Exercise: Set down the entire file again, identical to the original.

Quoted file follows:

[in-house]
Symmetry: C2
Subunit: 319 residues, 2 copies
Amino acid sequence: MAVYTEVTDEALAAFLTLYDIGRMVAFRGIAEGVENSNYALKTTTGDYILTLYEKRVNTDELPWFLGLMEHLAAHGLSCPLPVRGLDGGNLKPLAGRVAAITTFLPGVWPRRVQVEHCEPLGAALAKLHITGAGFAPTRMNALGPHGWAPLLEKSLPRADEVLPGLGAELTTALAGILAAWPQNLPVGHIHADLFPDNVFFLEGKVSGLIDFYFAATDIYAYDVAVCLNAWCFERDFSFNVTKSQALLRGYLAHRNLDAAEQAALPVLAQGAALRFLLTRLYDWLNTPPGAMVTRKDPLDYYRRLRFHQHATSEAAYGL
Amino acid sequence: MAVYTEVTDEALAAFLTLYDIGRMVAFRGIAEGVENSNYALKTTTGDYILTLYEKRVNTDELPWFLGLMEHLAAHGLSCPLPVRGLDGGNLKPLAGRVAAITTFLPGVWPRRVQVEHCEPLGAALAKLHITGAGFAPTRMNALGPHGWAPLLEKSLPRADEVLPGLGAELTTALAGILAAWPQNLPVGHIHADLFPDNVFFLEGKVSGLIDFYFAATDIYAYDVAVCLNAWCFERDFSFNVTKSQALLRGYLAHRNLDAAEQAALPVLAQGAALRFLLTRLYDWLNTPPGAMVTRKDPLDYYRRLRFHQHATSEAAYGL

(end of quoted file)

[in-house]
Symmetry: C2
Subunit: 319 residues, 2 copies
Amino acid sequence: MAVYTEVTDEALAAFLTLYDIGRMVAFRGIAEGVENSNYALKTTTGDYILTLYEKRVNTDELPWFLGLMEHLAAHGLSCPLPVRGLDGGNLKPLAGRVAAITTFLPGVWPRRVQVEHCEPLGAALAKLHITGAGFAPTRMNALGPHGWAPLLEKSLPRADEVLPGLGAELTTALAGILAAWPQNLPVGHIHADLFPDNVFFLEGKVSGLIDFYFAATDIYAYDVAVCLNAWCFERDFSFNVTKSQALLRGYLAHRNLDAAEQAALPVLAQGAALRFLLTRLYDWLNTPPGAMVTRKDPLDYYRRLRFHQHATSEAAYGL
Amino acid sequence: MAVYTEVTDEALAAFLTLYDIGRMVAFRGIAEGVENSNYALKTTTGDYILTLYEKRVNTDELPWFLGLMEHLAAHGLSCPLPVRGLDGGNLKPLAGRVAAITTFLPGVWPRRVQVEHCEPLGAALAKLHITGAGFAPTRMNALGPHGWAPLLEKSLPRADEVLPGLGAELTTALAGILAAWPQNLPVGHIHADLFPDNVFFLEGKVSGLIDFYFAATDIYAYDVAVCLNAWCFERDFSFNVTKSQALLRGYLAHRNLDAAEQAALPVLAQGAALRFLLTRLYDWLNTPPGAMVTRKDPLDYYRRLRFHQHATSEAAYGL